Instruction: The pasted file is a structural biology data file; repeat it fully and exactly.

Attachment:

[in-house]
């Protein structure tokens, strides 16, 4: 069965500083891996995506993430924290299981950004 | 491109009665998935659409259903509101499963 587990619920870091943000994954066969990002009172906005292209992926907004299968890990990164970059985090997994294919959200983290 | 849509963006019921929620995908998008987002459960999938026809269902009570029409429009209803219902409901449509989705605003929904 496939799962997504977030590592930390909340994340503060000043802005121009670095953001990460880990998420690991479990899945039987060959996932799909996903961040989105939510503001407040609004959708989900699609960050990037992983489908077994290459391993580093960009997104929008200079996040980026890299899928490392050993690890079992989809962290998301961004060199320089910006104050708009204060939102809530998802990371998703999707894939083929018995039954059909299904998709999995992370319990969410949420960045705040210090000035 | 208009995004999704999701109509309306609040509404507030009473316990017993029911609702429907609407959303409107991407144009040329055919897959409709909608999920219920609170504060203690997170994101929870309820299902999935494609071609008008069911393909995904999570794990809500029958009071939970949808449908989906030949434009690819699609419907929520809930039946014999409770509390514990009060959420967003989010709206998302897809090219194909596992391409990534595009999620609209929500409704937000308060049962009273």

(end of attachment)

[in-house]
């Protein structure tokens, strides 16, 4: 069965500083891996995506993430924290299981950004 | 491109009665998935659409259903509101499963 587990619920870091943000994954066969990002009172906005292209992926907004299968890990990164970059985090997994294919959200983290 | 849509963006019921929620995908998008987002459960999938026809269902009570029409429009209803219902409901449509989705605003929904 496939799962997504977030590592930390909340994340503060000043802005121009670095953001990460880990998420690991479990899945039987060959996932799909996903961040989105939510503001407040609004959708989900699609960050990037992983489908077994290459391993580093960009997104929008200079996040980026890299899928490392050993690890079992989809962290998301961004060199320089910006104050708009204060939102809530998802990371998703999707894939083929018995039954059909299904998709999995992370319990969410949420960045705040210090000035 | 208009995004999704999701109509309306609040509404507030009473316990017993029911609702429907609407959303409107991407144009040329055919897959409709909608999920219920609170504060203690997170994101929870309820299902999935494609071609008008069911393909995904999570794990809500029958009071939970949808449908989906030949434009690819699609419907929520809930039946014999409770509390514990009060959420967003989010709206998302897809090219194909596992391409990534595009999620609209929500409704937000308060049962009273």